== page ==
Our First 10 Years

Her property was ten acres and was an old turkey ranch years ago, now it was zoned industrial. Only two of the acres were rocked and the rest was a muddy quagmire. The ground was called White City sticky, which was black clay that nothing grew in and rock fill disappeared into. On the county records it showed she purchased it in 1951 for a whopping $110.00. Pretty useless ground for farming, but great for making log homes. The two acres were level ground, but more important, right on the main highway with something like twenty thousand cars going by a day. “Noisy, but busy.” Our work was cut out for us because we had to move our operation and set everything up. We improved our sawmill by purchasing a used diesel truck engine and built a shed roof over it. Our notching line and peeling racks also were covered, preparing us for the next rainy winter. Better wet, than frozen like the Jacksonville property.

We all decided that we needed a new office and showroom to showcase what we were doing. Our old office was history as Dennis was gone and it had been rented to an off road truck parts business. Pearl had agreed to a five year lease, adjusted for inflation, with the agreement that the new showroom would not be a permanent fixture and could be moved in the future. I don’t think she thought we’d last the first year. But, I was out to prove her wrong. “She must have got a copy of our future profitability and earnings report.” We picked a small home design called The Wilderness and modified it to have a cantilevered balcony, both gable and shed dormers and a steep chalet roof line. It totaled 1128 square feet and was a good looking log cabin. Little did we know of the excitement we had stirred up when we started stacking logs. There were TV crews and newspaper reporters all taking pictures and interviewing us. “I can’t lie, we loved all the attention.” The biggest problem was that none of us were getting any work done on the new showroom because of all the interruptions from the drive by traffic. You’ll never know how many old timers lived nearby, with too much time on their hands. They all had to tell us about how they or their father’s used to do it, and how we should be doing it. There was always boasting about peeling with spuds and chinking with moss and mortar. “Yep, used to walk barefoot five miles to school with a twenty foot log on my shoulder. You youngsters, you’re all a bunch of pussies.” At least we were making a statement in the area and creating a lot of interest in log homes. And, were all working real hard.

The challenging part was to set up the log yard, build the new office and continue to make kits to put money in the bank… to buy more logs. We knew we had to replace our tractor. Every time we loaded a home for delivery we had to rent a forklift for the day and most of the time the tractor was too clumsy or too slow. One morning a customer came in to say he was heading in to town to get us a cashier’s check for a home deposit. He said he would be back in a couple of hours because he needed to get a second check for a tractor he was buying. I asked what kind of tractor and he pointed to ours, but wanted a backhoe attachment with a quick release. Well, ours came with one but we never used it. I put on my best salesman’s hat and threw in our post-hole attachment to close the deal. He returned that afternoon with two checks and the one for the log home was payment in full. And, I didn’t even offer him a 5% discount. We must have looked trustworthy, or hungry. We locked the gate and took the rest of the day off. There must have been a lot of sawdust in the air that day. “Ribs anyone?”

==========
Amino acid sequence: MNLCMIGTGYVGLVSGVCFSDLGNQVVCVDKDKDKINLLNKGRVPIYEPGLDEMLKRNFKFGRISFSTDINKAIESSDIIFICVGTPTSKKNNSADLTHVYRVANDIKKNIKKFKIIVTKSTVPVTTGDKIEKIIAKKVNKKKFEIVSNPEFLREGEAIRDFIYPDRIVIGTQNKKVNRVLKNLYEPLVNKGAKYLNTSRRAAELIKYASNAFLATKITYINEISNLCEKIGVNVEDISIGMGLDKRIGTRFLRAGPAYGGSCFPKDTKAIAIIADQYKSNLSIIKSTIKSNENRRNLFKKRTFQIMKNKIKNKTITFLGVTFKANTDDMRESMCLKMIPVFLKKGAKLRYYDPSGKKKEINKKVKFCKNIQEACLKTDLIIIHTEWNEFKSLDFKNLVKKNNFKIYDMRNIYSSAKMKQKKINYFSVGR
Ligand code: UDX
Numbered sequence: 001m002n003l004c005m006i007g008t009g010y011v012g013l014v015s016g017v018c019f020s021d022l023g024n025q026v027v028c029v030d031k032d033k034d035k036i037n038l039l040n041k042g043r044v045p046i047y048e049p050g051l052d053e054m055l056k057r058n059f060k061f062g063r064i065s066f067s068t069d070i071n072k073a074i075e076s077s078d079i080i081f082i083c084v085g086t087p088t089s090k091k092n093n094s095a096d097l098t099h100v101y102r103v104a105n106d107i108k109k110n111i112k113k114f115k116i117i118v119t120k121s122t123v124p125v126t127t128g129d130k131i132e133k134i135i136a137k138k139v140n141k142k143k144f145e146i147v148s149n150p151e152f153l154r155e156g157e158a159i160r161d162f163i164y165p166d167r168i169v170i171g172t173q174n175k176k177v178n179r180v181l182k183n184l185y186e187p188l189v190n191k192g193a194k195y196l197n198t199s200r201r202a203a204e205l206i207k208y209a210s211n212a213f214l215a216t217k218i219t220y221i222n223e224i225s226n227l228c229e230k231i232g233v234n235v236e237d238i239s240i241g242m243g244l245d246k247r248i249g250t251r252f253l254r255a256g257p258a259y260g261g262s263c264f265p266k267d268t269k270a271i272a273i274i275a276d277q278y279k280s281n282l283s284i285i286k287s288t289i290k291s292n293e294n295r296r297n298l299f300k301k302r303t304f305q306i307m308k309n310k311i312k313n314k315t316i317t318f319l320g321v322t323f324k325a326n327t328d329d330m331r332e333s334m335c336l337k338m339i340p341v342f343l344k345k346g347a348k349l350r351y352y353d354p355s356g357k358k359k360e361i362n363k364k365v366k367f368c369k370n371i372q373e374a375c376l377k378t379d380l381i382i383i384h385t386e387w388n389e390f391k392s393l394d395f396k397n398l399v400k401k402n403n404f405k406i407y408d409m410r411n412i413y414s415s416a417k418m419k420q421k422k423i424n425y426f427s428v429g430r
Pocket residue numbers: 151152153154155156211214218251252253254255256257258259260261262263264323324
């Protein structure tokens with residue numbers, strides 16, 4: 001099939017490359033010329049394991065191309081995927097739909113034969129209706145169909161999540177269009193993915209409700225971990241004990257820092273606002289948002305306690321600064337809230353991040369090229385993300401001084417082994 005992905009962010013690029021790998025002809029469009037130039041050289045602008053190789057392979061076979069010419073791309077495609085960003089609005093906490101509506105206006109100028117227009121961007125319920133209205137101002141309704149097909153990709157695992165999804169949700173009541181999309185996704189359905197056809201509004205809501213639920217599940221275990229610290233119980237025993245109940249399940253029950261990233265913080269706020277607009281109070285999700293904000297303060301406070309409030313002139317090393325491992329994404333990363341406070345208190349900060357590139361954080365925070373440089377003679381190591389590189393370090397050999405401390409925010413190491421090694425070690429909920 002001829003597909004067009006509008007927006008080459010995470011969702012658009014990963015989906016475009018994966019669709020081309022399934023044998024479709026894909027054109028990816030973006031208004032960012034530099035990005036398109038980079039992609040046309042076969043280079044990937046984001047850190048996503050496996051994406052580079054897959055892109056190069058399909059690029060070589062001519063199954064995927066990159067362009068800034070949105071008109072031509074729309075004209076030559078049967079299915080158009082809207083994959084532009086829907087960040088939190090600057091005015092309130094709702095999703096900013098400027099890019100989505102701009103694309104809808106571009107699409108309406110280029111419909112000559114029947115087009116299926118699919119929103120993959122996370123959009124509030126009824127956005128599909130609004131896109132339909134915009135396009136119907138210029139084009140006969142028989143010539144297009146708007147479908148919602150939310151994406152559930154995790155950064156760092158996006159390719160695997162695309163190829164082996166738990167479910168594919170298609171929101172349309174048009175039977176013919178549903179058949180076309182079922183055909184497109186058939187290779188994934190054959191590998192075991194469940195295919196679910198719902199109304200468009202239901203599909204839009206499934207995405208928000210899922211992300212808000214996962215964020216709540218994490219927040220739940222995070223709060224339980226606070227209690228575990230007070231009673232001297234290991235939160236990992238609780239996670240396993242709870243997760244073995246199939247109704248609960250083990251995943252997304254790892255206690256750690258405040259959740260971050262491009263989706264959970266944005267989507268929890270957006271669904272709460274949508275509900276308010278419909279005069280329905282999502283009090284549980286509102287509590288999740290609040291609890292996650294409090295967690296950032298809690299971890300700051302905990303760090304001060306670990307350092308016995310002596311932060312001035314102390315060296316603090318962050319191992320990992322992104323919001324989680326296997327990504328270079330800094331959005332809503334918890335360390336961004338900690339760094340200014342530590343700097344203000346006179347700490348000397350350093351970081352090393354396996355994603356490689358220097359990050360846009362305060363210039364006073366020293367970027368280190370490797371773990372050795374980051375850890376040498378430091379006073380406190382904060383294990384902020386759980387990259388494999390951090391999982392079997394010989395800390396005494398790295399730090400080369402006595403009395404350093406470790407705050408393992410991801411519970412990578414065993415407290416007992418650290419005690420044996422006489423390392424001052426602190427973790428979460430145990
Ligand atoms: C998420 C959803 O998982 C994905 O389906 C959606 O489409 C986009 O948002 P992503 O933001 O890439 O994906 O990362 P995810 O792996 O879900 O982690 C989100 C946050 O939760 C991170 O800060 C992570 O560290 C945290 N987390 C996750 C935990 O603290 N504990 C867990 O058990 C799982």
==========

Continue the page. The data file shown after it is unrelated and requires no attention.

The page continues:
These were the kind of things that happened the first two years that kept the ball rolling and everything moving in the right direction. Looking back, it was those small amounts of money coming in at just the right time that kept us all emotionally in check. We used the tractor money as a down payment on a Case front end loader that could unload log trucks, move heavy units and load semi-trucks. And of course we bought more logs, which we now regarded as our savings account. The new showroom was completed and had a sales office for myself, one for our designer, a kitchen and a great room. Ron had worked for a successful architect in town as an apprentice and did our plans on the side for extra money. He’s moved in, so we’re trying to keep him busy with plans and renderings for our next brochure. Ron was our age and excited to be part of our team. He was good at understanding log homes from the ground up and putting the extra details in our blueprints. He learned a lot in the beginning from some of his, or our mistakes, and learned to never let it happen twice. None of the other designers in our area knew anything about log home construction, so it was up to us to learn it and deal with all the building departments on the West coast. One of the mistakes I remember that I made, came from purchasing house logs from one of our logging friends. He had a contract to remove four loads of logs from the Diamond Lake campground, so they could expand the area and make room for more boaters and fishermen.